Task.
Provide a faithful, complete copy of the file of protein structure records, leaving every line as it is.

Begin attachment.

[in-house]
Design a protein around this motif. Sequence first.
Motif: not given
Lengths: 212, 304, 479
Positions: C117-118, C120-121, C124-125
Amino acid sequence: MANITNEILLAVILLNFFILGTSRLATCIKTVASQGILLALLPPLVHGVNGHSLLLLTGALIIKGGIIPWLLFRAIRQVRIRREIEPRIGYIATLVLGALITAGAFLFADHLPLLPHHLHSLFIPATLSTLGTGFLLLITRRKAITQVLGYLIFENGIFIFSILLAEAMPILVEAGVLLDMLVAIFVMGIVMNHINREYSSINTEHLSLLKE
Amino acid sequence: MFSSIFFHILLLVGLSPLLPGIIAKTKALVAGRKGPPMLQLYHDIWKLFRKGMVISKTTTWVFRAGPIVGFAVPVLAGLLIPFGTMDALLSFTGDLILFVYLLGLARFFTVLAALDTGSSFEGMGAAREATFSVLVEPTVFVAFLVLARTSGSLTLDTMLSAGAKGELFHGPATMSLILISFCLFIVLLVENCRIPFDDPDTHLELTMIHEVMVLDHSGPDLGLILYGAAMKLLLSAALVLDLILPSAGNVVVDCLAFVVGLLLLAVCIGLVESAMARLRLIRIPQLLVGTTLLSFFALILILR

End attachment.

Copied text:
[in-house]
Design a protein around this motif. Sequence first.
Motif: not given
Lengths: 212, 304, 479
Positions: C117-118, C120-121, C124-125
Amino acid sequence: MANITNEILLAVILLNFFILGTSRLATCIKTVASQGILLALLPPLVHGVNGHSLLLLTGALIIKGGIIPWLLFRAIRQVRIRREIEPRIGYIATLVLGALITAGAFLFADHLPLLPHHLHSLFIPATLSTLGTGFLLLITRRKAITQVLGYLIFENGIFIFSILLAEAMPILVEAGVLLDMLVAIFVMGIVMNHINREYSSINTEHLSLLKE
Amino acid sequence: MFSSIFFHILLLVGLSPLLPGIIAKTKALVAGRKGPPMLQLYHDIWKLFRKGMVISKTTTWVFRAGPIVGFAVPVLAGLLIPFGTMDALLSFTGDLILFVYLLGLARFFTVLAALDTGSSFEGMGAAREATFSVLVEPTVFVAFLVLARTSGSLTLDTMLSAGAKGELFHGPATMSLILISFCLFIVLLVENCRIPFDDPDTHLELTMIHEVMVLDHSGPDLGLILYGAAMKLLLSAALVLDLILPSAGNVVVDCLAFVVGLLLLAVCIGLVESAMARLRLIRIPQLLVGTTLLSFFALILILR